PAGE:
Intersession courses are officially back

Olivia Payne

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Intersession courses will be available during winter. Approximately 21 sections will be offered wrote Vice President, Hector Cordova, in an e-mail on Wednesday.

“I can confirm that SJCC plans to offer a cosolidated intersession,” Cordova wrote.

The courses will give students an additional option to satisfy their General Education requirements, Cordova wrote.

“These sections are scheduled only in the mornings and early afternoons,” wrote Virginia Scales, Dean of the Language Arts in an e-mail.

Most of the sections will be held in two buildings to conserve energy costs, Scales said Associated Students President, Raymond Porras, A.S.

Vice President Jeff Berta, along with the rest of the Associated Student Council voted in favor of having a winter intersession at the Sept. 28 board meeting.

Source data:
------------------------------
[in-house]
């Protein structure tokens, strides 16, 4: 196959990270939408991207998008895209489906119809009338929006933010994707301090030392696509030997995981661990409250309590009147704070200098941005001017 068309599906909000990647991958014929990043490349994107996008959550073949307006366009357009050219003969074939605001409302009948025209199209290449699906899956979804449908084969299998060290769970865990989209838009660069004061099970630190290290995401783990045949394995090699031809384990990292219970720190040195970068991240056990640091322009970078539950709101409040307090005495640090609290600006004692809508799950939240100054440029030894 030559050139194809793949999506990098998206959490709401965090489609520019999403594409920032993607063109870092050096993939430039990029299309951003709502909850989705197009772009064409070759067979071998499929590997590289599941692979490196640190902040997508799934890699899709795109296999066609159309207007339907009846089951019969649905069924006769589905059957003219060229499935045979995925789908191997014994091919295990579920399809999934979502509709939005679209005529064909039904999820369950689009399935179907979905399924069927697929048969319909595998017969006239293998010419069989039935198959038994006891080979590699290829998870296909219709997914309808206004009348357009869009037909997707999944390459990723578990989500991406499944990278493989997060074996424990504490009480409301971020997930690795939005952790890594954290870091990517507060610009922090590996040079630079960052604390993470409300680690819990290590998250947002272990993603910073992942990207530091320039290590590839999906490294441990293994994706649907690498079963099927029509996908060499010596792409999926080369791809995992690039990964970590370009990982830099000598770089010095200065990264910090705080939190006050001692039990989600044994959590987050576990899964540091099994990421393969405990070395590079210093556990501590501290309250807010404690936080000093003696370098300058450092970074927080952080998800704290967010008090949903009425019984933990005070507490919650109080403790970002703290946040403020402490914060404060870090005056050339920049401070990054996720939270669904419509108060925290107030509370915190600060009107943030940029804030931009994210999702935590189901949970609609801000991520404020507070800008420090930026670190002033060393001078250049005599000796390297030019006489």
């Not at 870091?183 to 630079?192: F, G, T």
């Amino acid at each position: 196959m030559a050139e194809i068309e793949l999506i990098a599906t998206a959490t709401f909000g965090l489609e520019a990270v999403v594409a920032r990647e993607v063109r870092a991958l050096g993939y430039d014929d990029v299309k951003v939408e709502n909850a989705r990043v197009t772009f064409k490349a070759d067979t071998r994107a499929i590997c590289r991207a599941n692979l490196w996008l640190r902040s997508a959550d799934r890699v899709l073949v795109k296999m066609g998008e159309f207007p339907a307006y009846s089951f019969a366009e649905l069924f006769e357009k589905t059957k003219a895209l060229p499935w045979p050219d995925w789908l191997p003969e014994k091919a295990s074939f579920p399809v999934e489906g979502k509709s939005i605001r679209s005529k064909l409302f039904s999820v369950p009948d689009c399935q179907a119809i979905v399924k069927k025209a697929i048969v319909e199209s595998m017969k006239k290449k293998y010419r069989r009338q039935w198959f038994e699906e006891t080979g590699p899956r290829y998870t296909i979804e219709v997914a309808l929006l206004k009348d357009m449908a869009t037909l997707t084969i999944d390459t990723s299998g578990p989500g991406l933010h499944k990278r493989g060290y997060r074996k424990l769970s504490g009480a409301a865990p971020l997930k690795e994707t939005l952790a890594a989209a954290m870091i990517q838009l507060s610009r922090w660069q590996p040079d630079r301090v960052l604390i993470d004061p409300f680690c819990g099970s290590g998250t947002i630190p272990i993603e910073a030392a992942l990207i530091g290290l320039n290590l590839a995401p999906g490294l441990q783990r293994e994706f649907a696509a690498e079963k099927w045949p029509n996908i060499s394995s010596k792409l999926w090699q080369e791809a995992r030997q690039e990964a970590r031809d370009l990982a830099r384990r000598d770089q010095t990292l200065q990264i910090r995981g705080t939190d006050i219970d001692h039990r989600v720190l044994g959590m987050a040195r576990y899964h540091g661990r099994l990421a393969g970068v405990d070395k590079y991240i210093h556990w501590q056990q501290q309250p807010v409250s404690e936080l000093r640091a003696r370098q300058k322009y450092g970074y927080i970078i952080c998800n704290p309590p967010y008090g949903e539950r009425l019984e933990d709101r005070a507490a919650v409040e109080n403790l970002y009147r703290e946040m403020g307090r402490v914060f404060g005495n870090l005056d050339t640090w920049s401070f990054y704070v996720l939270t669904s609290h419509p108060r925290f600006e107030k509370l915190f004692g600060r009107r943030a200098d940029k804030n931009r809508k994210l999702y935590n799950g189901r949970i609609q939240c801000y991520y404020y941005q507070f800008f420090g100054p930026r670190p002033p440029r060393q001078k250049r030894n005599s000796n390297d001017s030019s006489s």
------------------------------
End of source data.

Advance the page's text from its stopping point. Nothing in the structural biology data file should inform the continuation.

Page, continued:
At the meeting, the College Planning Council recommended the matter to Vice President Hector Cardova and President Doug Treadway, who then made the decision to offer the courses.

“This is an example of what happens when students voice (their opinions),” Porras said.

There were no plans to have a 2011 intersession, until the CPC recommended it to the Board of Trustees said David Yancey SJCC History Professor.

Prior to the confirmation, Cordova said in an interview that developing an intersession would take classes away from the spring semester.

Cardova said besides money issues, there is a concern that three weeks of class for the intersession period may not be enough.

Some teachers on campus agree that intersession is beneficial to students.

“Experience is proven to be opposite of their expectations,” Yancey said. “Students learn more and retain it better.”

The 2010 winter term was the first intersession to be cut due to low funds. It affected many students. Empty classrooms were left behind after
the fall semester.

While many students enjoyed a few weeks off of school. There were others who looked forward to the intersession.

Yancey said the sudden departure of the intersession last year caused a delay for student progression.

“It gives students that one extra semester they need,” Porras said. “Those who are few credits away from a diploma depend on the winter classes.”